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Pre Workout: Is it good or bad for you?

Pre Workout: Is it good or bad for you?

Bill Wock

Pre Workout: Is it good or bad for you?

Pre Workout is known widely to be drinks that people have before a workout. There are just as many kinds of pre workout drinks out there as protein powders. Which is a lot!

But lets break it down, what’s in these pre workout powders we drink? Welllll that is kind of a complicated question since each company has their own recipe or blend. For the most part each blend has 4 common nutrients, and sometimes more.

First off caffeine!

The elixir of the gods (in coffee form), raiser of the dead (because lets be real when you are like me and wake up at 4:30 AM every morning chamomile tea isn’t going to cut it) and destroyer of worlds! Well maybe not destroyer of worlds, but if you gave it to small children like I see so many mothers do at Starbucks you’ve got a good chance.

Caffeine is widely available in many forms including in pre workout powders. The number of grams can range depending again on which brand you use. That alone can make the difference of having the best workout of your life or shaking uncontrollably and dropping a dumbbell on your face. I have seen it happen. When choosing a pre workout check the amount of caffeine per serving or scoop and use your best judgment with what you consume normally on a regular basis. And if it says on the label not to exceed two scoops you should probably listen…

Beta-alanine

You might say huh? Beta-alanine is a nonessential amino acid often found in poultry and other meats, it is more commonly known as just alanine. Some studies have shown it reduces fatigue during exercise, particularly high intensity exercise. Which sounds really good to anyone, especially personal trainers who workout then will have on average 5-8 clients a day.

Creatine

This is personally my least favorite of the active ingredients listed, but I can also see the huge benefit that creatine can provide. It is made out of three different amino acids glycine, arginine, and methionine. It is produced by our bodies naturally and found in various meats.

So what does Creatine do? I’ll try an abbreviated answer without going too far down the rabbit hole. ATP (Adenine Tri-Phosphate) is a source of energy, when we eat food it is turned into ATP. This is used for almost everything including muscle contractions (ex. during a workout). When your body uses ATP you will lose a P or phosphate and it will turn into ADP (adenine Di-phosphate). 
Your muscles can’t really use ADP to help with your workout. And this is where creatine shines! It takes ADP and with all of its amino acid glory turns it back in to useable ATP! This is where people have the benefit of less fatigue and more energy in their workouts.

L-arginine

L-arginine is also an amino acid (sense a trend here?) found commonly in varies meats, some plant sources and also produced in the human body. L-arginine helps to create Nitric Oxide which is a substance made and released by the cells around your body’s blood vessels. [1] Inner lining of blood vessels uses nitric oxide to signal the surrounding smooth muscle to relax, thus resulting in vasodilation and increasing blood flow. In simple terms it dilates your blood vessels.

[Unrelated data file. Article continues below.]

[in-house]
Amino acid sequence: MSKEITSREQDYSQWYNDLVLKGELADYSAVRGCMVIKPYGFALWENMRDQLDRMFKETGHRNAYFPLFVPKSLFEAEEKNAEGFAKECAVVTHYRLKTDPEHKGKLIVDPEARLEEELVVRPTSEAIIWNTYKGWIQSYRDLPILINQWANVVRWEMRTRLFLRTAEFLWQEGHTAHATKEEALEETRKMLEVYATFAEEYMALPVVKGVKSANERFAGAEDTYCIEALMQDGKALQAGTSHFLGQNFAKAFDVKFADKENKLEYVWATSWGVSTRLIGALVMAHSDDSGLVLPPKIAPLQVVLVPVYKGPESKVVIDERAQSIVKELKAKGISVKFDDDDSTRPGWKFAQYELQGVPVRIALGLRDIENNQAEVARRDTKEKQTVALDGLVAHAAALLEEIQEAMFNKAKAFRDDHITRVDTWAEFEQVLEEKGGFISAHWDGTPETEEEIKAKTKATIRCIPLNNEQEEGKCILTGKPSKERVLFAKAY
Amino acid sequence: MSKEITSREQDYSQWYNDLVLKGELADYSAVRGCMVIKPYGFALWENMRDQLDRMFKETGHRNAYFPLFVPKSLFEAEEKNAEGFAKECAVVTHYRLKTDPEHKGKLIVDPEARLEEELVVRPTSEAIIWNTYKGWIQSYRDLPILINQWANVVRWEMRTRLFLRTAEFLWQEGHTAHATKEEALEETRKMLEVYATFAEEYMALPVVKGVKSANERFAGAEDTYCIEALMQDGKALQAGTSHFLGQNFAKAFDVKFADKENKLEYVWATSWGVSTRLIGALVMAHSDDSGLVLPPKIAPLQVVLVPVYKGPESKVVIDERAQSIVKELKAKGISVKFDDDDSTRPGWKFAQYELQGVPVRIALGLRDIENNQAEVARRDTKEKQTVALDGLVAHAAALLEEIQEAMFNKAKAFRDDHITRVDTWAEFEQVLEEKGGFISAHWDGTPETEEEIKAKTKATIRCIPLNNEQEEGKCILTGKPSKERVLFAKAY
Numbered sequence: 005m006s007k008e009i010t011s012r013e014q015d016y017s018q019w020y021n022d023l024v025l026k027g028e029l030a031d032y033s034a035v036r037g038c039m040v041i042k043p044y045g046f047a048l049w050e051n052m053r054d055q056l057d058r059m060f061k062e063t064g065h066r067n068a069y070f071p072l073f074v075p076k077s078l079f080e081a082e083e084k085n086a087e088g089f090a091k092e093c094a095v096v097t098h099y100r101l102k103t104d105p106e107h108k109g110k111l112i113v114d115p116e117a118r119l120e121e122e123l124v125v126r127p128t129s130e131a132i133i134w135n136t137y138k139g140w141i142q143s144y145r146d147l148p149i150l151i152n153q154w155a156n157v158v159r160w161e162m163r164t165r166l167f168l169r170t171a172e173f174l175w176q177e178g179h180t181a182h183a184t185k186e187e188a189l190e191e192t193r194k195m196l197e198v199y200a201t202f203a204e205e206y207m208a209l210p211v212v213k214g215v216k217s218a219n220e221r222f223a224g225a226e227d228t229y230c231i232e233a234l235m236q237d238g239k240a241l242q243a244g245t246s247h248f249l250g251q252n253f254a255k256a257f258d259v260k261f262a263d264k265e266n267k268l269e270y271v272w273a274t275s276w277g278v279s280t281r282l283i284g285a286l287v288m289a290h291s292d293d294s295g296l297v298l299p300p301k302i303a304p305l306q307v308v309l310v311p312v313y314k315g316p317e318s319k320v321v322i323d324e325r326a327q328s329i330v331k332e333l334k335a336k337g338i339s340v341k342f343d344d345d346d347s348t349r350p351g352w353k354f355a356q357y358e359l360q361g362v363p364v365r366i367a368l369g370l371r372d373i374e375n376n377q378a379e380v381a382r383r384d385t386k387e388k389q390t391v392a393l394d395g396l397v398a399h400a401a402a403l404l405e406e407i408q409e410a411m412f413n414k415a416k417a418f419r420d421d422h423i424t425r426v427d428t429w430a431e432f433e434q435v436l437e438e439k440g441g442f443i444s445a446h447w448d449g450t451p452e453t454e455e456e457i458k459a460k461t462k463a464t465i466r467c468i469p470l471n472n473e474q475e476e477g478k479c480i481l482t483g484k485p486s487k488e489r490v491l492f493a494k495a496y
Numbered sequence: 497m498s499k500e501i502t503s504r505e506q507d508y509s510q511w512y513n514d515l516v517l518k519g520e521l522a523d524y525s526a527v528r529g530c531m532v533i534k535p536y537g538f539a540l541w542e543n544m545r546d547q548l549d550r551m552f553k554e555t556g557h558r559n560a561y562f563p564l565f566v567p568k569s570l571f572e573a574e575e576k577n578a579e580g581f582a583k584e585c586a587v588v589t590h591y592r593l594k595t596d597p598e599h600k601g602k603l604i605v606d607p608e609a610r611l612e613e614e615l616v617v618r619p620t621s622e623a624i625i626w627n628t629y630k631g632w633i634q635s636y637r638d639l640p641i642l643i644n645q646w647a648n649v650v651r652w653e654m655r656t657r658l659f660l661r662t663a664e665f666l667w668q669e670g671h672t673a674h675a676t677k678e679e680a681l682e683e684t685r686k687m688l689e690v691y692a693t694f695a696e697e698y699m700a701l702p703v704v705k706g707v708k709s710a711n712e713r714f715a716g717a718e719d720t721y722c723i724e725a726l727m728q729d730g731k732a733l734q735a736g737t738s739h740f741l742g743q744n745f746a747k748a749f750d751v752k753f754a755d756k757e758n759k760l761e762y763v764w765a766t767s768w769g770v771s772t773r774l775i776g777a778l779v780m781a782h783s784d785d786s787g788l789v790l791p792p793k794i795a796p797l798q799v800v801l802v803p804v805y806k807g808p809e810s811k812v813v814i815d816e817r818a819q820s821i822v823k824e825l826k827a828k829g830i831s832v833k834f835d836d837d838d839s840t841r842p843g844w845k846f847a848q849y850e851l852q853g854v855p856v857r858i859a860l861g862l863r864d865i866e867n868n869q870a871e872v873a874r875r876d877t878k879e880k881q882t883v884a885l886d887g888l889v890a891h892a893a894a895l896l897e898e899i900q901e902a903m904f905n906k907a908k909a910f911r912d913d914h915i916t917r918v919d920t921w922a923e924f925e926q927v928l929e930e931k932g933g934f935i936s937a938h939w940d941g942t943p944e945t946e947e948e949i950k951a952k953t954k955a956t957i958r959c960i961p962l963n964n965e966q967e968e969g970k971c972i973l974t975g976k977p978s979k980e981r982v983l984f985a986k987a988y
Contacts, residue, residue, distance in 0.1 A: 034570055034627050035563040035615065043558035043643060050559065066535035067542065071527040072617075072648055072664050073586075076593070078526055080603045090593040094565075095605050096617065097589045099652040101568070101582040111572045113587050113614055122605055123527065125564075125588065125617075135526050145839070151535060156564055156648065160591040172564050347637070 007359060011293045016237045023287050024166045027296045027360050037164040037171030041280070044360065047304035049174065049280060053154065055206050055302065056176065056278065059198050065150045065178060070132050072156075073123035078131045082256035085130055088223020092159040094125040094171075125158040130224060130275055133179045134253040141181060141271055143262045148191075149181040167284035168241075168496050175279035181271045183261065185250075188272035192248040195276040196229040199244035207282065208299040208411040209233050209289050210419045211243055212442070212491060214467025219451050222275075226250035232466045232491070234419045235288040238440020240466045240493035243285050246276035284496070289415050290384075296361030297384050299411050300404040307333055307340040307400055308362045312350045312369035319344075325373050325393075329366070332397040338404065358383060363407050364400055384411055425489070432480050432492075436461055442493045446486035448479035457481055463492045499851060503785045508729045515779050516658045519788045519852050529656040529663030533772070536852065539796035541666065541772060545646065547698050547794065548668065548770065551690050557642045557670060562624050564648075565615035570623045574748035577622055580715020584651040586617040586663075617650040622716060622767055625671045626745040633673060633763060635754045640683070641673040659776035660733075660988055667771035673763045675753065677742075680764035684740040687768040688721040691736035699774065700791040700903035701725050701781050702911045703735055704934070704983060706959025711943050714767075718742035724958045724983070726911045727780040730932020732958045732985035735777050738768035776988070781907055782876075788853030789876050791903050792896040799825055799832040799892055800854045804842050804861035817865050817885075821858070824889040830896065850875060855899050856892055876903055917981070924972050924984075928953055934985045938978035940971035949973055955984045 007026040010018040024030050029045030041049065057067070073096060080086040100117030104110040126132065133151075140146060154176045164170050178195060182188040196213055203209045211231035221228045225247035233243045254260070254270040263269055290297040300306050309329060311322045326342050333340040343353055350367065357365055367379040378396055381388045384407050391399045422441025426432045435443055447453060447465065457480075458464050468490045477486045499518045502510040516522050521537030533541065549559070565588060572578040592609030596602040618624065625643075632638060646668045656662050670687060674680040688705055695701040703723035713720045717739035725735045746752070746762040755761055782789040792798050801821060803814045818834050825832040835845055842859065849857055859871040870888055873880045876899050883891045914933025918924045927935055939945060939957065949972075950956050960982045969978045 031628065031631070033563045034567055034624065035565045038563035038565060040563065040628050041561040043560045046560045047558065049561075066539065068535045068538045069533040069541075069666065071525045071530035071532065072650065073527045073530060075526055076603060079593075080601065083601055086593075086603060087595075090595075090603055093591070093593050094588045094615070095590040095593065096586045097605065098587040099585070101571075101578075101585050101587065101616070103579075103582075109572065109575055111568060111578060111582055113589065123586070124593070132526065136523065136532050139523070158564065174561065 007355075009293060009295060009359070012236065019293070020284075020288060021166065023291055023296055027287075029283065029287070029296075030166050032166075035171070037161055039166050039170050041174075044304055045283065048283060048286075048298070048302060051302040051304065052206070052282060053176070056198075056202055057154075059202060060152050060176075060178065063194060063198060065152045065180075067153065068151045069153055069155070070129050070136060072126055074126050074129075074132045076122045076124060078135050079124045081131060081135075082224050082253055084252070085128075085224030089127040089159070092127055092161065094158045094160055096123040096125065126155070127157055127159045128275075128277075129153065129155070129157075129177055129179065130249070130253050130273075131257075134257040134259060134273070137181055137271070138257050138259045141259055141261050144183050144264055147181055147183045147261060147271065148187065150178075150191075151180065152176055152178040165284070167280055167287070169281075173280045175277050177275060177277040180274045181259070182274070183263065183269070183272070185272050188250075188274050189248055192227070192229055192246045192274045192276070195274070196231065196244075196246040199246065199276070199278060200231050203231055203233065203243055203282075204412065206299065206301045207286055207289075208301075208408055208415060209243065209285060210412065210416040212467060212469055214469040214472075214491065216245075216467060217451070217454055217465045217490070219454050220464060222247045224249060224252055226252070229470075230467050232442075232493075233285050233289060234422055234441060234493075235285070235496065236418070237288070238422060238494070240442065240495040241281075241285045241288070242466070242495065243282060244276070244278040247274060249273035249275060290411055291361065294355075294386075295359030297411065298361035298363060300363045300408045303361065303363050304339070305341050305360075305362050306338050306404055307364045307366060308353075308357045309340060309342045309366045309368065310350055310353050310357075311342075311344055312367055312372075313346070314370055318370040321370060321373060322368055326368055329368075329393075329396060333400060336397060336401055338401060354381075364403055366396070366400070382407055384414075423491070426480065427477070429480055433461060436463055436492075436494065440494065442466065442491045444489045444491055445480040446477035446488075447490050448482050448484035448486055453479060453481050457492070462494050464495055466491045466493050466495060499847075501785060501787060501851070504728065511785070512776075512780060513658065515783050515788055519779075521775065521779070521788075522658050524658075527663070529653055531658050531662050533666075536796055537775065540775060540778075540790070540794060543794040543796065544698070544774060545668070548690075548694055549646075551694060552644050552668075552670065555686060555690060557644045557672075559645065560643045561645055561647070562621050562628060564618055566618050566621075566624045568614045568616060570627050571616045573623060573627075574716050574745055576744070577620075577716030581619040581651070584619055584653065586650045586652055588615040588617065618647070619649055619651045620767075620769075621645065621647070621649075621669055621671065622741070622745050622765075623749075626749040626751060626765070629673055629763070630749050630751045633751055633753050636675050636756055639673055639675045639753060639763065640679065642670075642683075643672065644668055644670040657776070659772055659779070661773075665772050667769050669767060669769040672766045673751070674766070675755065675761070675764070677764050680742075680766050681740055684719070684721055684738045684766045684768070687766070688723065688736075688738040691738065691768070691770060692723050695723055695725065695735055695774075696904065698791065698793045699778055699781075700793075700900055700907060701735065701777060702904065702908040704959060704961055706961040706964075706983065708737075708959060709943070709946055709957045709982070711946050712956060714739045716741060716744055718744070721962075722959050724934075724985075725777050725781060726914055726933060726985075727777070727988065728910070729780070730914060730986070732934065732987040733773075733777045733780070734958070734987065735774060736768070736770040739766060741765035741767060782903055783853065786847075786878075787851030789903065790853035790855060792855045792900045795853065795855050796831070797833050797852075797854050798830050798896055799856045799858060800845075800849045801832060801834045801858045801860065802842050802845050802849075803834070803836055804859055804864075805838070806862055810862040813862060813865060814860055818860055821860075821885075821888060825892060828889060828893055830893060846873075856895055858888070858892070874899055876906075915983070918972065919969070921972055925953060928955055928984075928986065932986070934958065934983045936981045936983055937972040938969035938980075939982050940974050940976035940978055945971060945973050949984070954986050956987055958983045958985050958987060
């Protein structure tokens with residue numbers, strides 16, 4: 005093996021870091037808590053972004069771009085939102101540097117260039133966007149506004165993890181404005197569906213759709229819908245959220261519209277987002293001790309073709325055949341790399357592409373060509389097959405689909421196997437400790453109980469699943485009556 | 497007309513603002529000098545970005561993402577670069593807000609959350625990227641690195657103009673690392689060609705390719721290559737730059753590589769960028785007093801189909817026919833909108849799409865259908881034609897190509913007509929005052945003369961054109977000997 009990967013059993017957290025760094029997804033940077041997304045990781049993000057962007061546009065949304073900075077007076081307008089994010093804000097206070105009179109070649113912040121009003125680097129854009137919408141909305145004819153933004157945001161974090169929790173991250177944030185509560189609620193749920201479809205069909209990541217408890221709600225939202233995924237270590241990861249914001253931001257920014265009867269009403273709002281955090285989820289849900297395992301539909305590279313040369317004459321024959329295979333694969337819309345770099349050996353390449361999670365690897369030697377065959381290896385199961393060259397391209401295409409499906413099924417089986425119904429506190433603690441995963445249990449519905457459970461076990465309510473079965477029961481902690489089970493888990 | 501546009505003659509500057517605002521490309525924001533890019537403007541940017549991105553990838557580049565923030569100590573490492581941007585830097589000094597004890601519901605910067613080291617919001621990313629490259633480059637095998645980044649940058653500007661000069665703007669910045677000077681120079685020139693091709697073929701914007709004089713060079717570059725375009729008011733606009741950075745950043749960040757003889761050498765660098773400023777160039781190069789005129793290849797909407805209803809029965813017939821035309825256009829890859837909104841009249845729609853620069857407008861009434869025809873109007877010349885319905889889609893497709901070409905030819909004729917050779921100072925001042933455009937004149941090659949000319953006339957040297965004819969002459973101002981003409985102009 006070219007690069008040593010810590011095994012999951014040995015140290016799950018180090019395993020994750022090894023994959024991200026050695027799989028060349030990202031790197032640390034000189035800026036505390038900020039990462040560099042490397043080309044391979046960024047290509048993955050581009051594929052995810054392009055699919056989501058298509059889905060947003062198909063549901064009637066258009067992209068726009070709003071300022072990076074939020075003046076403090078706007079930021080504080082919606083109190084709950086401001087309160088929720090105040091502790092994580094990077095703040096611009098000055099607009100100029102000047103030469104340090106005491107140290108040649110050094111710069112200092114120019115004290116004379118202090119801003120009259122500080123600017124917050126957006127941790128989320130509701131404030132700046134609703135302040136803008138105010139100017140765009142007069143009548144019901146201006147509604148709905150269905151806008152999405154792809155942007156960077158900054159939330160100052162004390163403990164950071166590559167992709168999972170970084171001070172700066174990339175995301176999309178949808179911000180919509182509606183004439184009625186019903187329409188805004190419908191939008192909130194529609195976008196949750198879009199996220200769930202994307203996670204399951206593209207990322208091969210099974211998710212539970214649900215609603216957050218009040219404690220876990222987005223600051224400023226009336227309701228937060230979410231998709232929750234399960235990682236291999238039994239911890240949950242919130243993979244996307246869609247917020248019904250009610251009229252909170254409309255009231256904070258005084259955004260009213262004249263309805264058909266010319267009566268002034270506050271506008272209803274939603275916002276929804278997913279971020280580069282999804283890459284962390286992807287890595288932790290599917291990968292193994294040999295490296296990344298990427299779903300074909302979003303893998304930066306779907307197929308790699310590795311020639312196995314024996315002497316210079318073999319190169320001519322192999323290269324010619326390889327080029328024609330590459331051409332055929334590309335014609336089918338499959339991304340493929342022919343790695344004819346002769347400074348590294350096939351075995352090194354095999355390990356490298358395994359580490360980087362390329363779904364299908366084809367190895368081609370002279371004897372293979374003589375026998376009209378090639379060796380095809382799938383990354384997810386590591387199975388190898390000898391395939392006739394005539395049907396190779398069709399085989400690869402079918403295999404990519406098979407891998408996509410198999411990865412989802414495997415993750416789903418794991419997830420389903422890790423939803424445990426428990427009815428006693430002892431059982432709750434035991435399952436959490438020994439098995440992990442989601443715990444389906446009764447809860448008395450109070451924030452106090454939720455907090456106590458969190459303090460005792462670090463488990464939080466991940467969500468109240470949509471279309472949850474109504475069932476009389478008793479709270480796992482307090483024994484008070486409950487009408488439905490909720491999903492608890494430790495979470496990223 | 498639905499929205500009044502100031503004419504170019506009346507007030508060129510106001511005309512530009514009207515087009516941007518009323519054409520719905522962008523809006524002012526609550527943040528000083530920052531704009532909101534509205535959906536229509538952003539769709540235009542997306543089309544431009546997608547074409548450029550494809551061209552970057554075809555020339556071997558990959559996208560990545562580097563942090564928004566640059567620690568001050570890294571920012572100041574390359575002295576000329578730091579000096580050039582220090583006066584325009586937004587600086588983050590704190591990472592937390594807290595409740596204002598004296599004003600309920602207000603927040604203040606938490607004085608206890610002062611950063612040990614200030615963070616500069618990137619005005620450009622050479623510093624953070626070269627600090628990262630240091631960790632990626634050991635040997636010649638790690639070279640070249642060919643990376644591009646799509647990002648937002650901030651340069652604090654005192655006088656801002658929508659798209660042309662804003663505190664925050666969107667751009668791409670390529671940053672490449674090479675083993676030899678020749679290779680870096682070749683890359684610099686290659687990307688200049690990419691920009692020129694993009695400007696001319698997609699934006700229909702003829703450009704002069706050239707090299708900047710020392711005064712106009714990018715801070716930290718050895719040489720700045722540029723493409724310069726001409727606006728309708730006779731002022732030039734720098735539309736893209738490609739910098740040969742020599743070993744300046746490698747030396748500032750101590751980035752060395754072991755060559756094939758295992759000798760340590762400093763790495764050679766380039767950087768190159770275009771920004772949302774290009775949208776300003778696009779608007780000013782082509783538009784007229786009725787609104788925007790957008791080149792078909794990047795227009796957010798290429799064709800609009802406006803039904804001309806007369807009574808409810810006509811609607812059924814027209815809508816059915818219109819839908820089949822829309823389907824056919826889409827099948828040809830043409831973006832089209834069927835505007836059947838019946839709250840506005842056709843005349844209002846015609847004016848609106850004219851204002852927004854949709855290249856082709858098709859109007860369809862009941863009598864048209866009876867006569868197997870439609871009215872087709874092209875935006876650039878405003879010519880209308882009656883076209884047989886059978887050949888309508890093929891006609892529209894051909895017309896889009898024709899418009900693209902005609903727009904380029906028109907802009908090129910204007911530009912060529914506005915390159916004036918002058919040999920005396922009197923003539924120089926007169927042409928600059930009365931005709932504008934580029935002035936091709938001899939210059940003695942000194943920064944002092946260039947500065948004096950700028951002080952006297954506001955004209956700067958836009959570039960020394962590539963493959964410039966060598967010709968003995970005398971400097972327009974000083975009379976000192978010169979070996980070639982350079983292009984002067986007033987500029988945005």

So are pre workout powders good or bad for you? Well the honest answer is, it depends. It depends on what your diet is for starters. Do you get enough amino acids in your regular meals to justify taking a supplement to add more? Also what brand of pre workout powder are you taking? Different brands have different amounts of each nutrient in them so one of them might work better for you than another. Also these are just some of the nutrients that are put into them. If a container of pre workout is a proprietary blend and has an asterisk symbol somewhere on it. They can really put anything in there that they want and not have to put it on the back of the label. That includes filler ingredients to increase the amount of the powder while keeping it cheap to manufacture, or some nutrient that you may not want to have in your own diet… Catch my drift? Also I know for me I usually have 2-3 cups of coffee (which is down from 6-10 that I used to have) per day. A recommended serving can contain 100-400 mg of caffeine in them…. So that equates into 1-4 cups of coffee being consumed in a few gulps. If I had 685 mg of caffeine in a single day my girlfriend would probably have some nice people waiting at our place to take me to the funny farm.

"They're Coming to Take Me Away, Ha-Haaa!"

Do I take a pre workout? The answer to that is no. I eat enough lean meats in my diet that I never really felt a benefit to any of pre workout powders that I tried, and trust me, I tried a lot of them from just being in the fitness industry. I also usually have a couple of coffee before my workout to give me that extra caffeine kick when I am lifting. Will I try a pre workout in the future? Probably but it depends what my goals are at that time and if I find one I like. So the next time you walk into a GNC and some sales person wants you to add some pre workout to your shopping cart, you will have more information and be better prepared.

References: 
[1] Stryer, Lubert (1995). Biochemistry, 4th Edition. W.H. Freeman and Company. p. 732. ISBN 0-7167-2009-4.